When divorce occurs, what was enough to retire on, when you both lived in the same house, can become barely enough to live comfortably, or worse. Many of my mediation cases involve a stay-at-home parent, usually moms.
It takes a while to emotionally come to terms that your lifestyle will change during and after your divorce. Going back to work is a change that is scary and hard to accept, particularly if you have not worked in a really long time!
There is loss of prestige, loss of your social life and your way of living. Fearing rejection from potential employers and lacking confidence in your modern work skills is normal. You may feel that a “deal” was made that you would not have to work, and you feel that deal should be kept.
The reality is that most women who were stay-at-home moms do not recover their standard of living after divorce. Sadly, many end up living close to poverty level upon retirement. Going back to work is a reality you need to face sooner rather than later.
Existing assets will be depleted if you remain unemployed or underemployed. Making smart divorce decisions like going back to work will provide you a better chance at a secure retirement.
Some attorneys may advise you to not return to work during the divorce. I have seen this backfire. Women have wasted years where they could have been building job skills and increasing their income only to find themselves with spousal support that is far lower than expected.
If your attorney is encouraging you to not work during the divorce, I strongly encourage you to have a direct discussion with them about the average support they have seen granted. Keep in mind every judge, even in the same city, has a different idea about support and their rulings can be inconsistent.
Women judges have often raised kids and worked full time during their marriages and may not be sympathetic to your cause.
In mediation, the working spouse usually tells me that they would find it unfair to have their lifestyle severely decline to support an ex-spouse who wants to continue to stay at home. They also do not feel it’s fair that they must postpone their retirement to support a spouse who does not want to get a job.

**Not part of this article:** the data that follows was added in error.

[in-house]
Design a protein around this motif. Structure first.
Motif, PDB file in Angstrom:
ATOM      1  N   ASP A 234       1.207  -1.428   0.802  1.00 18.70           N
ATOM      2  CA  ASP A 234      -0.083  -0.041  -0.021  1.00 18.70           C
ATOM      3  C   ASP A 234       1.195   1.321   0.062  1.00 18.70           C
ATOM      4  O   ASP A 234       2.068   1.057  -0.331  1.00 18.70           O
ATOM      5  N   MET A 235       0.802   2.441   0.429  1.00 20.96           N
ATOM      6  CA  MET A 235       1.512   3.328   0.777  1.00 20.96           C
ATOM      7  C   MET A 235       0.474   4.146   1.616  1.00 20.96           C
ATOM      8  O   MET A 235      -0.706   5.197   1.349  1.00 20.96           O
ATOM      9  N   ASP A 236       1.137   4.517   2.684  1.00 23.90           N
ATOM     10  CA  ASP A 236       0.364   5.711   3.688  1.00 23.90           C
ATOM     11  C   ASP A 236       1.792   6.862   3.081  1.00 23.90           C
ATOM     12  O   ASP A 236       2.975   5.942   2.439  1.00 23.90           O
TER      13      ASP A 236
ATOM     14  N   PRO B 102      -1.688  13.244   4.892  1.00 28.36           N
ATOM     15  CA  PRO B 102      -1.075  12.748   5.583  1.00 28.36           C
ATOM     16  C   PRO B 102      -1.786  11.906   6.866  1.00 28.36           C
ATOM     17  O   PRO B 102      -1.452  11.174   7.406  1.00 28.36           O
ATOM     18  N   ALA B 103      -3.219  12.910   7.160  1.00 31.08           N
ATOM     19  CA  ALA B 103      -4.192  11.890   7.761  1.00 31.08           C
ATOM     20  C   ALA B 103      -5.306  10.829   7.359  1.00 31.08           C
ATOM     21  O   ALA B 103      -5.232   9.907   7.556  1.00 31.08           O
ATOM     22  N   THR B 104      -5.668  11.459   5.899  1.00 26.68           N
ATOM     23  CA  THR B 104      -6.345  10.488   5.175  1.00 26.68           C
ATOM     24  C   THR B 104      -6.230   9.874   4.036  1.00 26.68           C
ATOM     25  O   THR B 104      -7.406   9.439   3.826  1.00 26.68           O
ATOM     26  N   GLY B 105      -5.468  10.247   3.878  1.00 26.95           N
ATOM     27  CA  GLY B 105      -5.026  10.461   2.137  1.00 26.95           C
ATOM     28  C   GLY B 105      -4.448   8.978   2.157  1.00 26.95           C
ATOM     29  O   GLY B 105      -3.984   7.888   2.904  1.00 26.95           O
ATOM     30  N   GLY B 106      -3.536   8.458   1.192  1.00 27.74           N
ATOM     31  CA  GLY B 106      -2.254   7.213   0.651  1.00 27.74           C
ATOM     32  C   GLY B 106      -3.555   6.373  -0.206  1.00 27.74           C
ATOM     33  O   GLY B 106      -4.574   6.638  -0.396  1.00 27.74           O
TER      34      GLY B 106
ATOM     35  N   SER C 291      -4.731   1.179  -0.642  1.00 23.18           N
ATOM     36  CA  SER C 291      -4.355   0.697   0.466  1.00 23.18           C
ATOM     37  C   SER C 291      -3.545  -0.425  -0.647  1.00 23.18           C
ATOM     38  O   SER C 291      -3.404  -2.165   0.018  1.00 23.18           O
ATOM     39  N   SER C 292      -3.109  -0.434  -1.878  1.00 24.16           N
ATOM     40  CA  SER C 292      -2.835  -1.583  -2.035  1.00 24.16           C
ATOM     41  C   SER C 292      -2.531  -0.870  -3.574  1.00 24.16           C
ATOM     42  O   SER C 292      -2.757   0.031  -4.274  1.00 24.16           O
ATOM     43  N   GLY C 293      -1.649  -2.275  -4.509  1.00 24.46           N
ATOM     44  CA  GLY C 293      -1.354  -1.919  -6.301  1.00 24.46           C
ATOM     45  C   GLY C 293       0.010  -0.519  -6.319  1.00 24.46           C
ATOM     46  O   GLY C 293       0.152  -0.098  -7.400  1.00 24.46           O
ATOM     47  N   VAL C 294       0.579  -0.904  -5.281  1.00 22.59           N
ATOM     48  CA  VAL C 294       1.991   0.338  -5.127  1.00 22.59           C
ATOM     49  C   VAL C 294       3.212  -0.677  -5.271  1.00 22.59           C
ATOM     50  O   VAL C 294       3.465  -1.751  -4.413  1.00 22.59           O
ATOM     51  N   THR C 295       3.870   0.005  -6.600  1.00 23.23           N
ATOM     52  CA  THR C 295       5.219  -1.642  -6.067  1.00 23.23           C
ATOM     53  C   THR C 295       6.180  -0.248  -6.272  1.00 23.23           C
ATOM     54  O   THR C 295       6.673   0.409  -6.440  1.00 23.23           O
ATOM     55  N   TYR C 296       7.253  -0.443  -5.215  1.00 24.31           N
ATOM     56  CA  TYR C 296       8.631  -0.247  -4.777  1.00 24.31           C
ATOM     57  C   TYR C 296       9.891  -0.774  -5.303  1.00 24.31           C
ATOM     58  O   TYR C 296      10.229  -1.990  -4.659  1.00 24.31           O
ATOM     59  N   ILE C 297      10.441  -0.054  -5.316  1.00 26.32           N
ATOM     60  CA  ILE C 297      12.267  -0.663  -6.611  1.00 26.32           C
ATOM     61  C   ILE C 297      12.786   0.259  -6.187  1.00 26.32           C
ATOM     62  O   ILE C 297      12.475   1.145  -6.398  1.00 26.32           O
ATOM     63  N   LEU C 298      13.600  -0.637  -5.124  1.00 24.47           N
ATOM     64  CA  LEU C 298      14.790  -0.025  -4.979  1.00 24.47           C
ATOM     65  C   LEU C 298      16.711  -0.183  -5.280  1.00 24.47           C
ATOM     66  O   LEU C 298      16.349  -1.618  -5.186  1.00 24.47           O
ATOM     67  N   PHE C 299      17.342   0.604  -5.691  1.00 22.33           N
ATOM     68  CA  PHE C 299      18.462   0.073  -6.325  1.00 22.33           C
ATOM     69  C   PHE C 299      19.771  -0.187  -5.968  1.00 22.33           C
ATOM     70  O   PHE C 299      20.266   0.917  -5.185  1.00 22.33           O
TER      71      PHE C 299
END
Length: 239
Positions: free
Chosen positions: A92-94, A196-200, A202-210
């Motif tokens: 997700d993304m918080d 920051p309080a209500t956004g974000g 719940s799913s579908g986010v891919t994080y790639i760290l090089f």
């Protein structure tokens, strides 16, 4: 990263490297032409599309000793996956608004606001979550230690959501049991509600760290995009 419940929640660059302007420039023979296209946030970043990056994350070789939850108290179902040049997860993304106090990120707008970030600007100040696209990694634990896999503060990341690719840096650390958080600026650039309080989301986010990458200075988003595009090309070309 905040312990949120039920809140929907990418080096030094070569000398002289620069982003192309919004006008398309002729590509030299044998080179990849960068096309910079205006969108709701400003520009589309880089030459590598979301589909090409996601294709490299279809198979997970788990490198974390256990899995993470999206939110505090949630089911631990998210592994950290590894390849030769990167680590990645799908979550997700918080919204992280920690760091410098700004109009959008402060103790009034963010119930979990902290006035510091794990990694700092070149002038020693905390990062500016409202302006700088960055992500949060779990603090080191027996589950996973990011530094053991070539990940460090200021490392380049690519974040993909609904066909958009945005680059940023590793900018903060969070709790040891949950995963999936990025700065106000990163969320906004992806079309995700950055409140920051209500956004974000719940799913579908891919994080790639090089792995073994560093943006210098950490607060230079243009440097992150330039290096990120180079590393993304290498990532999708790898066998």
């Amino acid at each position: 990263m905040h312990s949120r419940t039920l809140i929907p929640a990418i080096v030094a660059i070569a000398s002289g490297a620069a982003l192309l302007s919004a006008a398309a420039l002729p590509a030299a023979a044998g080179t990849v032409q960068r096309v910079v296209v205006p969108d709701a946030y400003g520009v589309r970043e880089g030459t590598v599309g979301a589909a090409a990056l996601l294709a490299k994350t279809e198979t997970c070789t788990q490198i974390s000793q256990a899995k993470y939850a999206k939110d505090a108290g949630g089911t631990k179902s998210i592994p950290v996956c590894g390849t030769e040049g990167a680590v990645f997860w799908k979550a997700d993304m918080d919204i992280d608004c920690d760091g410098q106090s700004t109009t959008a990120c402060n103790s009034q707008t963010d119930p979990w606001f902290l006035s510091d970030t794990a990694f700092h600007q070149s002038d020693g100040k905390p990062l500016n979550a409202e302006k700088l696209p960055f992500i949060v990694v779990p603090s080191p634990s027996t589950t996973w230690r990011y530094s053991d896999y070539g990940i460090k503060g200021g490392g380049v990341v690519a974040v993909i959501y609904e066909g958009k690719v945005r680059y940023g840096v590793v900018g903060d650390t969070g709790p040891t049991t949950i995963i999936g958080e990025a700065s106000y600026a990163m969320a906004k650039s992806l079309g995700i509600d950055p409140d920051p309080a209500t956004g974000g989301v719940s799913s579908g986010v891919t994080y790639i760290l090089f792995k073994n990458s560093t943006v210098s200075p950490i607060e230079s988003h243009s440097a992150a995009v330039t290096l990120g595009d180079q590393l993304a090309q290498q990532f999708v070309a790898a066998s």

The working spouse envisions themselves working until they are 70 or beyond. For these reasons, during mediation the working spouse asks that some level of job income be “imputed” upon the non-working spouse.
Technology has changed a lot since you have been out of the workforce, but that knowledge can be learned in a short period of time. There are online courses on YouTube, Thinkific and LinkedIn Learning where you can learn the skills you need for little or no money.
You can get a jump start by learning those skills while you are anticipating divorce but are still at home. Getting formal education may not be financially smart or necessary because it postpones the inevitable and may not necessarily result in enough additional income to be financially justified. Going back to school is sometimes just a coping mechanism because working is much scarier than going to school.
Going back to work can help build your self-esteem and after divorce, everyone needs that boost! Being a stay-at-home parent can be thankless!! Your kids don’t often thank you for a job well done and there is no paycheck.
Being told by your boss that you are doing a great job and getting a raise can be a huge boost for your self-confidence and self-esteem. Women who rise to the challenge – even if they have a job that pays a fraction of their ex-husband’s income – seem to be much happier and well-adjusted post-divorce.
Going back to work can improve your social life. At work you will have new activities and challenges to think about. You will be meeting new women and men and starting new friendships. Maybe you will even find romance in the workplace!
Did you get less spousal support than you thought, and did you go back to work? Do you regret not starting a job sooner? Have you found your work fun and has your social life changed?
Tags Divorce After 60